Are Kelp and Seaweed the Same Thing?

One of the most common questions we get is something along the lines of, “what’s the difference between kelp and seaweed? Aren’t they the same thing?”  This is a totally understandable question—these words are often used interchangeably, and we’re even guilty of doing it ourselves! Technically, however, there is a difference.

Taxonomically speaking, kelp is a type of seaweed — so all kelp is seaweed, but not all seaweed is kelp. But more on that later. First, how do you tell what’s kelp and what isn’t when you’re out there on the coast looking at seaweed? It turns out there is no foolproof way to do this, but there are a lot of clues that something is probably kelp:

  • Generally speaking, the larger seaweeds that you find washed up on the beach will be kelp. Especially along the central California coast, if you find an unbroken piece longer than your arm, it’s probably a kelp (more specifically, it’s likely Bull Kelp, Feather Boa Kelp, or Giant Kelp).
  • Another thing to look for is the presence of air bladders, or pneumatocysts. These air bladders help keep the kelp blades afloat, ensuring that the plant always grows more or less vertically in the ocean, and allowing it to access the sunlight at the ocean’s surface. Some non-kelp seaweeds have them (the most notable in California being Bladderwrack), but for the most part pneumatocysts mean kelp!

 Pneumatocysts

Pneumatocysts

  • The last clue is how and where it’s growing. Many seaweeds tend to grow on the rocks in the intertidal zone, which is the relatively narrow area around the shoreline and into the shallows. However, if you venture a little farther out in the open water, you may see lush forests of marine plants housing entire ecosystems, with their canopies taking up a large amount of surface area. These forests are likely to be kelp, with each plant stretching all the way from the seafloor to the ocean surface!

Now that you know how to distinguish kelp from other seaweeds, let’s talk taxonomy. The first thing to note is that not all marine plants are actually seaweed.  For example, the marine grasses (surf grass, eel grass, etc.) that you may see in tide pools or along the rocks aren’t seaweed.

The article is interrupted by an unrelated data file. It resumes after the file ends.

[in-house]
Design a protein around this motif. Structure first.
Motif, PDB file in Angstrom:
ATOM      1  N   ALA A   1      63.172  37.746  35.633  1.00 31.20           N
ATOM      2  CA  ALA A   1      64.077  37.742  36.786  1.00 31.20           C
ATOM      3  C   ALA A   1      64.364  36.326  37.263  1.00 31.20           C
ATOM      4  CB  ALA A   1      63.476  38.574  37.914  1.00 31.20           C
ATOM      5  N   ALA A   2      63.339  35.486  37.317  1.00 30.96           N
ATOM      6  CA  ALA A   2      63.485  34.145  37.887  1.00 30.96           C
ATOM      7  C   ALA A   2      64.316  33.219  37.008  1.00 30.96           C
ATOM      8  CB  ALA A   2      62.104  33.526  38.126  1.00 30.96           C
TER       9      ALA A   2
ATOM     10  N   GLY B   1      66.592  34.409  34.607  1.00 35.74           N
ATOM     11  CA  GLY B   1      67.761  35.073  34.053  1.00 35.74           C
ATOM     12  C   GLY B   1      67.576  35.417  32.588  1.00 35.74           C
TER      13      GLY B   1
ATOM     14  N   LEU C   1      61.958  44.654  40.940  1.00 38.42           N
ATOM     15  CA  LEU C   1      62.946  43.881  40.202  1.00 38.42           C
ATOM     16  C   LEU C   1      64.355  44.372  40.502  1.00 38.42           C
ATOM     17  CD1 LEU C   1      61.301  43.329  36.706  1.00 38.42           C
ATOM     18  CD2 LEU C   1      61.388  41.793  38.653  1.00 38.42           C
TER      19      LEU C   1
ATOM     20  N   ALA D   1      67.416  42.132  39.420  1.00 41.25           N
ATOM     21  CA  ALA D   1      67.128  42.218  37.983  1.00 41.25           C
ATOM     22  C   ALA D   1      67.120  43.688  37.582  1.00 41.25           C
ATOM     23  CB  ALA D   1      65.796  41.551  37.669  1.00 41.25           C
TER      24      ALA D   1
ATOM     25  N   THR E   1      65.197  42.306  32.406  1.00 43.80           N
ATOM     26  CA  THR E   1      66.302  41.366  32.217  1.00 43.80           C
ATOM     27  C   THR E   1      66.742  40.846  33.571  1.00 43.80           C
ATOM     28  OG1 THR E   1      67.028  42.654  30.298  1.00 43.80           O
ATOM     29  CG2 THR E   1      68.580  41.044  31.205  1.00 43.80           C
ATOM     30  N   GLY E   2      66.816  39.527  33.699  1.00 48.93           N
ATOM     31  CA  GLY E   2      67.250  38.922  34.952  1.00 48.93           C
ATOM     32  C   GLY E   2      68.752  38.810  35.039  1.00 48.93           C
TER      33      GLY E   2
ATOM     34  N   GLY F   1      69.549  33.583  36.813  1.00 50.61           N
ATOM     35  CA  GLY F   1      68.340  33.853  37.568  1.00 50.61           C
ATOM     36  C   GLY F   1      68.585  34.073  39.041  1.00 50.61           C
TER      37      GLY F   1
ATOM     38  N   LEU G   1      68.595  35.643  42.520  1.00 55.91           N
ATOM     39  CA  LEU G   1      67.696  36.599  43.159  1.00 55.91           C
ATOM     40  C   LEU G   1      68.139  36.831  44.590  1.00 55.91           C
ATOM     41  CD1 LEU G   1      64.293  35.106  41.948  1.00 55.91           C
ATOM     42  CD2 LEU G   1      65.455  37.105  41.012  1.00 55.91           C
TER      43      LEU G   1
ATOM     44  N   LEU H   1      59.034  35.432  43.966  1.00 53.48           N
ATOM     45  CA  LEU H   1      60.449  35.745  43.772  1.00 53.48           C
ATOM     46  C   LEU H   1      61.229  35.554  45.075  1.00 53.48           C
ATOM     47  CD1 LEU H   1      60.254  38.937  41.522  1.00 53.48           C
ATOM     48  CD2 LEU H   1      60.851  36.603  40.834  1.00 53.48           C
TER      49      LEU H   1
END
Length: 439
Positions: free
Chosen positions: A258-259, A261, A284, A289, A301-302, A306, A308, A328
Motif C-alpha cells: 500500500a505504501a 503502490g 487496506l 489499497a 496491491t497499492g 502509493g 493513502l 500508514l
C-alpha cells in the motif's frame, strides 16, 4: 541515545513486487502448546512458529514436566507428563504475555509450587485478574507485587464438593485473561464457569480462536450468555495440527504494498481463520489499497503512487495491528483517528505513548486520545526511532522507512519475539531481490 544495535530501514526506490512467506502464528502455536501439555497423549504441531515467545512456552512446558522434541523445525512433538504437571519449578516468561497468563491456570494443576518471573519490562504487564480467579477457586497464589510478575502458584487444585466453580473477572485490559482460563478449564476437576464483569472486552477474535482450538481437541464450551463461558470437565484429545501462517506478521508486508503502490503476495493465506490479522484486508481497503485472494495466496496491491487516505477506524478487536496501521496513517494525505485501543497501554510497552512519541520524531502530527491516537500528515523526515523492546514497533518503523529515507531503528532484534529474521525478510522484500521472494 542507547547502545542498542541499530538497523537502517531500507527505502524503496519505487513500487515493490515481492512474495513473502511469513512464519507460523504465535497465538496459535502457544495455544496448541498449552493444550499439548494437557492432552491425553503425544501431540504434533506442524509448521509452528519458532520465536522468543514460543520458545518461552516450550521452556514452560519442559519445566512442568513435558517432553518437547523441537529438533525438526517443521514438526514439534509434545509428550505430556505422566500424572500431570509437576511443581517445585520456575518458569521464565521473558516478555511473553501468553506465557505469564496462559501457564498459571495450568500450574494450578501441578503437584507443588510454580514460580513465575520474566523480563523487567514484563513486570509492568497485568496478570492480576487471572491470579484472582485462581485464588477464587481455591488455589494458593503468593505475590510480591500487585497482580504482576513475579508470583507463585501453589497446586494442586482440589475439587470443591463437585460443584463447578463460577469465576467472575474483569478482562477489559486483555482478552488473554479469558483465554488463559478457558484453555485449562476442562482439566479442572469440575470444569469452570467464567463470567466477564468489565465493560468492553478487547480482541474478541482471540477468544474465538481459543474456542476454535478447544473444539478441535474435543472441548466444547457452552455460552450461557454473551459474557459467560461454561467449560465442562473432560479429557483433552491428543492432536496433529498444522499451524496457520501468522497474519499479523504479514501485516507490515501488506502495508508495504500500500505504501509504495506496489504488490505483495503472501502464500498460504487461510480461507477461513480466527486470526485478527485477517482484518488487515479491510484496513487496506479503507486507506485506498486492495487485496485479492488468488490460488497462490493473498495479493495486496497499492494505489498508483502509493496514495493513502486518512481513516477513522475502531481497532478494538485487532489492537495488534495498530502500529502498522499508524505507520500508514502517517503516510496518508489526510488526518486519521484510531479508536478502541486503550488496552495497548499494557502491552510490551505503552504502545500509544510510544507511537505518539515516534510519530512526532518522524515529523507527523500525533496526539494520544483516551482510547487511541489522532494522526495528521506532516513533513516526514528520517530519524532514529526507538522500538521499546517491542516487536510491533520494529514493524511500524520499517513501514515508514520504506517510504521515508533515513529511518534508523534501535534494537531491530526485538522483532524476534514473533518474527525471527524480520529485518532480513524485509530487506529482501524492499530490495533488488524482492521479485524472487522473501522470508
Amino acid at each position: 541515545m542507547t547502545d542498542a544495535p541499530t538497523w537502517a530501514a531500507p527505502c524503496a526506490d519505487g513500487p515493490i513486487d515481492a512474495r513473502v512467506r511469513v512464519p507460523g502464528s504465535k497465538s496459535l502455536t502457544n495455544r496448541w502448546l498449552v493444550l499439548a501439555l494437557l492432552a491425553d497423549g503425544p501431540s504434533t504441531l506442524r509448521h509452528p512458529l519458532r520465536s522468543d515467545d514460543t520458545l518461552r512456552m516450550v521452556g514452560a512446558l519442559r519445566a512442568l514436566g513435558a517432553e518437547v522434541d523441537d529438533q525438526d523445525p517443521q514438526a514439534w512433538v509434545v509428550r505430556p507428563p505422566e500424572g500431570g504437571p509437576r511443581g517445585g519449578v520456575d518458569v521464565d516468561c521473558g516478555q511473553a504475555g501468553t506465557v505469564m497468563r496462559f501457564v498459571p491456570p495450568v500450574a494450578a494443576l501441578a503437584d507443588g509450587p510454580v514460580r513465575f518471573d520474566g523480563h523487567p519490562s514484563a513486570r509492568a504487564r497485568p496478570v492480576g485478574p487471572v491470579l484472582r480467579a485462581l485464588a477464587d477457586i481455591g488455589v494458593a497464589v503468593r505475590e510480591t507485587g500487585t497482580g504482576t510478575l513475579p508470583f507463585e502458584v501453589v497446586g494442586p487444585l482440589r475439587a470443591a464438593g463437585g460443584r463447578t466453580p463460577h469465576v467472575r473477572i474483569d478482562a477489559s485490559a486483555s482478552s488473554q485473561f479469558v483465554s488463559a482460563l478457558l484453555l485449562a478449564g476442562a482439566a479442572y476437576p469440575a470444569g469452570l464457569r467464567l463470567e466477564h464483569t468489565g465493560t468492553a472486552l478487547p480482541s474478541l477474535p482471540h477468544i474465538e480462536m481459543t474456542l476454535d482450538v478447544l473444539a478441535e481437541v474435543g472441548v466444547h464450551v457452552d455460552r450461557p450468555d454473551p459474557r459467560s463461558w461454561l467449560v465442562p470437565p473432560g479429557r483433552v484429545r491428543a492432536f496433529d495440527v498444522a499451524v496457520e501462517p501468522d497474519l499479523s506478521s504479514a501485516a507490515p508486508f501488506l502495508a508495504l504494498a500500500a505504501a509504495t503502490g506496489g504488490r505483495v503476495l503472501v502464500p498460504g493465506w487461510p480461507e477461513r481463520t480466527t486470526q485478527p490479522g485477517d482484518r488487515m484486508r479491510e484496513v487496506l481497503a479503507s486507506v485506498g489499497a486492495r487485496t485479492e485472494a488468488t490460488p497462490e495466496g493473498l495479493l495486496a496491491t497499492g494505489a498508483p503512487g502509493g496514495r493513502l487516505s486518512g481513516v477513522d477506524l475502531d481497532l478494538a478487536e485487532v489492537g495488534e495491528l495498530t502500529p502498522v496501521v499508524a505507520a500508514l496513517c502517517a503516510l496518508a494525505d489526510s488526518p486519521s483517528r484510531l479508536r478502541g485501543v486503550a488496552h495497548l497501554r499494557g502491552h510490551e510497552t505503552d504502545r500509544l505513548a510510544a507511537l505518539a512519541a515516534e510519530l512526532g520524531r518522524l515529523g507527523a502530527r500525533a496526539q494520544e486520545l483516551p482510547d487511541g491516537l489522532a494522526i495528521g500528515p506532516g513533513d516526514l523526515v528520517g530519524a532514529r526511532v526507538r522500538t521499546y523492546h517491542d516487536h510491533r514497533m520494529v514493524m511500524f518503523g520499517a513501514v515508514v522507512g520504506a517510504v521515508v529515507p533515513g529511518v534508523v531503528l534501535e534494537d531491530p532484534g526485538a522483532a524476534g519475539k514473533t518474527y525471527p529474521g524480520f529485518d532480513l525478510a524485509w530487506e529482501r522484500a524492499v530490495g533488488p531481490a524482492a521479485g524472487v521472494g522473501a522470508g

Eelgrass (seagrass, not seaweed)

Eelgrass (seagrass, not seaweed)

“Seaweed” is an umbrella term for any macroscopic marine algae — that is, algae that grow in seawater and can be seen with the naked eye. Seaweeds are classified into three main subgroups: red algae, green algae, and brown algae.

  • Red algae like the bacon-tasting Dulse
 Dulse (red algae)

Dulse (red algae)

  • Green algae like sea lettuce
 Sea lettuce (green algae)

Sea lettuce (green algae)

  • And brown algae like kelp

But be careful—not every brown alga is kelp! “Kelp” only refers to brown algae that are classified under the order Laminariales.  So take something like macrocystis: It’s a macroscopic marine algae, making it seaweed; it is in the brown algae category; and it is of the order Laminariales, making it a kelp.  And, in fact, it is—its common name is Giant Kelp!

 Giant kelp (brown algae)

Giant kelp (brown algae)

On the other hand, ascophyllum nodosum, while also a macroscopic brown marine algae, is a seaweed but not a kelp, because it’s in the order Fucales. Taxonomy matters here: whether or not something is a kelp really depends on its scientific order! And, of course, anything that is a green or red algae is automatically not a kelp, even though they are seaweed.

Ocean SourceSeaweed Facts